Justice Thomas has made a few statements about race in the United States as reported in Salon and other sources yesterday. Here are a few quotes:
“My sadness is that we are probably today more race and difference-conscious than I was in the 1960s when I went to school,” Thomas said. “To my knowledge, I was the first black kid in Savannah, Georgia, to go to a white school. Rarely did the issue of race come up.”
“Now, name a day it doesn’t come up,” he continued. “Differences in race, differences in sex, somebody doesn’t look at you right, somebody says something. Everybody is sensitive. If I had been as sensitive as that in the 1960s, I’d still be in Savannah.”
Here’s my favorite quote:
“The worst I have been treated was by northern liberal elites,” Thomas said. “The absolute worst I have ever been treated. The worst things that have been done to me, the worst things that have been said about me — by northern liberal elites, not by the people of Savannah, Georgia.”
Without further clarification, I would suggest that a good chunk of that criticism extends merely to the logic he uses in his opinions and their outcome. That is fair game in my opinion, as it would be with any other Justice. Justice Kennedy, for example, gets his share of criticism from religious organizations for his votes on same sex marriage and similar cases upholding privacy in sexual matters. And don’t get me started on Justice Scalia!
The Atlantic is running an article called The Collapse of Big Law: A Cautionary Tale for Big Med. The article details how lawyers measure success in terms of money, not purely as a matter of greed, but in comparison to the competition. Gone, apparently, are the days when doing something of value for society through law practice is a real metric. The context of the article is the lack of jobs for recent law school graduates. The rest of the article compares what’s happening in law to similar practices developing in the medical field.
I’ll give an anecdotal story about a law school application essay as related to me by the Admissions Director at one of the schools at which I have worked. The Director told me that one student did not write an essay as such but drew a large dollar sign across the page. I understand the applicant was admitted at least for being honest. I have to believe there were other qualities that qualified the student for admission. Anyone pulling that stunt today would be incredibly naive. That shows how long ago I had that conversation.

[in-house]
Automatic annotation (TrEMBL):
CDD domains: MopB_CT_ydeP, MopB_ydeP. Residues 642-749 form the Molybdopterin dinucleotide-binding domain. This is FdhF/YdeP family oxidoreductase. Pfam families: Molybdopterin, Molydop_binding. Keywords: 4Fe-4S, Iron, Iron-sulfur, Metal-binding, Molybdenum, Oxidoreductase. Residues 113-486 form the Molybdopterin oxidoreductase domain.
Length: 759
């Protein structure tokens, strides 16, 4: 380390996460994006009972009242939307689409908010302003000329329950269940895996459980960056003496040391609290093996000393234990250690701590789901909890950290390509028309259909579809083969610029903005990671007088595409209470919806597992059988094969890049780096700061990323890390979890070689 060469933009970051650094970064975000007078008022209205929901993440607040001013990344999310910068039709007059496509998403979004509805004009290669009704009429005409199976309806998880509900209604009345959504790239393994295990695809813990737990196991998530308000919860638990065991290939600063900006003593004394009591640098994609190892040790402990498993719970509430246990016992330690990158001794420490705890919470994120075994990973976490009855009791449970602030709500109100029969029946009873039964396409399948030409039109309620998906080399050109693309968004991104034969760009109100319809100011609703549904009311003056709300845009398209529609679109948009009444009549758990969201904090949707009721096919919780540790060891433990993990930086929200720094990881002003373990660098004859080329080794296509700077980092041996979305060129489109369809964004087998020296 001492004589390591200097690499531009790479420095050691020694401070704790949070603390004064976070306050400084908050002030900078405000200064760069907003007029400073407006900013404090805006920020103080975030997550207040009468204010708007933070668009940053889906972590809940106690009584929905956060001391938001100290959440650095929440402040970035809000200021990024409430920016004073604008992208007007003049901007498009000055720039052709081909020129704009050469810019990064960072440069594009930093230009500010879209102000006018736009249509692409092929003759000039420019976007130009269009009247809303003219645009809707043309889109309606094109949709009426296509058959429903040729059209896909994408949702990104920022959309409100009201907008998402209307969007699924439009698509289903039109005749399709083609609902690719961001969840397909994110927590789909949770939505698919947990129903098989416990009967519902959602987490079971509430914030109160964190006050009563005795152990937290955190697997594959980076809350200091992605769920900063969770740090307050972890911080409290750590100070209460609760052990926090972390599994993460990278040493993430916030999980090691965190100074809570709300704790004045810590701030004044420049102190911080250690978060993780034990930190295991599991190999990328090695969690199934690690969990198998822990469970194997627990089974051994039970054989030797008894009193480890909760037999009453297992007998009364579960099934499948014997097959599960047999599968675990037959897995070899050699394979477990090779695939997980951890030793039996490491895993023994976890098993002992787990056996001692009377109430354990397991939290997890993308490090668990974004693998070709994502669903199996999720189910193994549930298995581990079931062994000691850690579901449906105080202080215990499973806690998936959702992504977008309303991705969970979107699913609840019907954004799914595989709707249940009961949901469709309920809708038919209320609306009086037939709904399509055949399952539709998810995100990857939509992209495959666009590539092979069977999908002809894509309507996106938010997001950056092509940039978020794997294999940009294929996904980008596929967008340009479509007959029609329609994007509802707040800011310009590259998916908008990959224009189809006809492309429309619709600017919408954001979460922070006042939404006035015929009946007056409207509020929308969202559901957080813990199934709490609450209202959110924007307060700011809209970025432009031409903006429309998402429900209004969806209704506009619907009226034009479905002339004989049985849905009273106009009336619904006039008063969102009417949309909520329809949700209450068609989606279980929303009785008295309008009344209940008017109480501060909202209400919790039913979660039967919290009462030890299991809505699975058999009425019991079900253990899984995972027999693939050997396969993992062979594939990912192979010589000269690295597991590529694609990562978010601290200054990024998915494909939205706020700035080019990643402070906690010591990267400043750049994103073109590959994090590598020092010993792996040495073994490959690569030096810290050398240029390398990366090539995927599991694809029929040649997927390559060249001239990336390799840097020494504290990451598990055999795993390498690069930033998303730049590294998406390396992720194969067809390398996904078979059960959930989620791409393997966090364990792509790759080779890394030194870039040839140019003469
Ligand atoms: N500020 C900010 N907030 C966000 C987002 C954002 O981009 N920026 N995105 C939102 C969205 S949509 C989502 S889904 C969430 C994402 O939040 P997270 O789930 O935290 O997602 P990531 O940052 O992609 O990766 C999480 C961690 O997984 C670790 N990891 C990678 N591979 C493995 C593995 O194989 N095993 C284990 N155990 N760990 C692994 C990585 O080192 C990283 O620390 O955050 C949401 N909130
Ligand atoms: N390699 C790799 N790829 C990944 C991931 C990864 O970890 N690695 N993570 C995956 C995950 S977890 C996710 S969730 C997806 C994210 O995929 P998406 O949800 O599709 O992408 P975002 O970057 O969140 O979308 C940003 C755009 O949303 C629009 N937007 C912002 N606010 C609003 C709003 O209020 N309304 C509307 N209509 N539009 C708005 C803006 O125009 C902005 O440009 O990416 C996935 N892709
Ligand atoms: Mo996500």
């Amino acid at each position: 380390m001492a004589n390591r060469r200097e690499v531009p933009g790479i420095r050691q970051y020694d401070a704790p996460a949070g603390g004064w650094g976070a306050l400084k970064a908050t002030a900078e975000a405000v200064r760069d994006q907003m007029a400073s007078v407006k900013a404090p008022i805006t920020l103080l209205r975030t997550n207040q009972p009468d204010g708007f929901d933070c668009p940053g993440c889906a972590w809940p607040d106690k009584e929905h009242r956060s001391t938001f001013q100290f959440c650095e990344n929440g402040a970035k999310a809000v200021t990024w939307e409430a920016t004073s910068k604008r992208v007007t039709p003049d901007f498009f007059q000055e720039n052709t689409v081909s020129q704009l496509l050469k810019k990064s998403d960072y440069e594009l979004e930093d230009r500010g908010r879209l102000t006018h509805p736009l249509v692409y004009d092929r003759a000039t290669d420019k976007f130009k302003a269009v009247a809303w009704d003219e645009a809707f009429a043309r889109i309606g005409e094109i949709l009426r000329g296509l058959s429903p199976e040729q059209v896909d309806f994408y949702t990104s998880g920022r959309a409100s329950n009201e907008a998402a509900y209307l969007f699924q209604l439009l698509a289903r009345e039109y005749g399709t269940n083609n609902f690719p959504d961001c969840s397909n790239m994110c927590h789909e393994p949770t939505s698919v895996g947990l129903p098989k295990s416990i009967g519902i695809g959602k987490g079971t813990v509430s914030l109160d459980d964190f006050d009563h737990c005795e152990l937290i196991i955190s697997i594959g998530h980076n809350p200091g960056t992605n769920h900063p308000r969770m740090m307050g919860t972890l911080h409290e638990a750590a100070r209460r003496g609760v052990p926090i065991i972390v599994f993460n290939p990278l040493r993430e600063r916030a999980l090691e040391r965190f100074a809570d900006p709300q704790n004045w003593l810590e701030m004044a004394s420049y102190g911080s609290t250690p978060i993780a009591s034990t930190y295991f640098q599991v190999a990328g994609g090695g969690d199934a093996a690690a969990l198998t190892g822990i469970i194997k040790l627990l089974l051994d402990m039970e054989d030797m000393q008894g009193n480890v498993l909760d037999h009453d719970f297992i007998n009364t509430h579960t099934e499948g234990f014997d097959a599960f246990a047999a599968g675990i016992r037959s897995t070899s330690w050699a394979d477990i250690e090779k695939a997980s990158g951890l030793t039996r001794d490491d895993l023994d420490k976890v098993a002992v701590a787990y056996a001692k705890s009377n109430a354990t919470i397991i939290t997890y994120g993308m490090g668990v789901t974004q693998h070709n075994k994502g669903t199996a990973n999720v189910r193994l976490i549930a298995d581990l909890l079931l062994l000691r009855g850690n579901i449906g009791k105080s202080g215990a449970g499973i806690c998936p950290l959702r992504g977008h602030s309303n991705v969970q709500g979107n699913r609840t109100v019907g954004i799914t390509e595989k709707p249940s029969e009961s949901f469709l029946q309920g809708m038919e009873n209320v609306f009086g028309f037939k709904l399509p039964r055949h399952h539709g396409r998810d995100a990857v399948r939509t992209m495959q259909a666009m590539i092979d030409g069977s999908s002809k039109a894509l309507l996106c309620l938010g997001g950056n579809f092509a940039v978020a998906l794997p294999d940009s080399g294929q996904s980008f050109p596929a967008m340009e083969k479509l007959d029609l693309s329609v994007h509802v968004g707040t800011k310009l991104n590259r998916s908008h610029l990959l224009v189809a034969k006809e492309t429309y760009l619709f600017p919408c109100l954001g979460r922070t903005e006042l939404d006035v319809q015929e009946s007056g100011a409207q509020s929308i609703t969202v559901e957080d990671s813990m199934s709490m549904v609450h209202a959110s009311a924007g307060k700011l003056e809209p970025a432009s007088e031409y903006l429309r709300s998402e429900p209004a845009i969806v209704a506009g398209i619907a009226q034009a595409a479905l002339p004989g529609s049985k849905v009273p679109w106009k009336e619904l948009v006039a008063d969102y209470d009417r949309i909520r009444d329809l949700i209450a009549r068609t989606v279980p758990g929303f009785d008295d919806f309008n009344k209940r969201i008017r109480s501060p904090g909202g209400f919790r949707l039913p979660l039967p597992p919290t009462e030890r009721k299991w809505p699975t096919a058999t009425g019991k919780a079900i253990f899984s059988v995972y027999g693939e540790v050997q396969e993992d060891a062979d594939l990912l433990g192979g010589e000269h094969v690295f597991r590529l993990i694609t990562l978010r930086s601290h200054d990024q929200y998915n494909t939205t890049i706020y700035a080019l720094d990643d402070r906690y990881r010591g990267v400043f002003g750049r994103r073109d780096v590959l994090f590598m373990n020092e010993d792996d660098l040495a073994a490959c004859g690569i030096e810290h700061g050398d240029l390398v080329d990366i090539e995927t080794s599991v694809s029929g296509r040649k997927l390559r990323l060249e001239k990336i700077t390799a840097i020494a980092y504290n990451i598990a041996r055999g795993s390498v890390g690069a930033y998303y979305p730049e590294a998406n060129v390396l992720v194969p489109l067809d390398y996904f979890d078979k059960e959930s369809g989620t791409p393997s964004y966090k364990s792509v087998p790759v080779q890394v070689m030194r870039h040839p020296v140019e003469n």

Publishers Weekly reports that Apple lost its appeal at the Second Circuit on the limited issue of staying the order of Judge Denise Cote imposing the external compliance monitor on the company. Apple has complained about Michael Bromwich, the appointee, being intrusive and expensive. The article describes the Second Circuit’s order:
The court cited the government’s own statements that the monitor, Michael Bromwich, was “empowered to demand only documents relevant to his authorized responsibility” and to “interview Apple directors, officers, and employees” only on subjects relevant to his task. “We agree with that interpretation of the district court’s order,” the court held. “In addition, we take counsel’s statement as a formal representation that appellees also accept that interpretation.”
Oh well, better luck on the main appeal, or not, depending on one’s perspective.
Jonathan Band writes an interesting essay on the Future of Fair Use after Google Books in Project Disco. That’s “Disco” as in disrupted competition. Band wrote the amicus brief for the Library Copyright Alliance and was cited five times in Judge Chin’s decision. The piece describes the ideas in the debate he had with Jon Baumgarten, former General Counsel of the Copyright Office. I get the impression that the Authors Guild have an extremely limited view of fair use based on the exchange between the two.
And finally, ads in the Firefox browser? ZDNet has the story. — Mark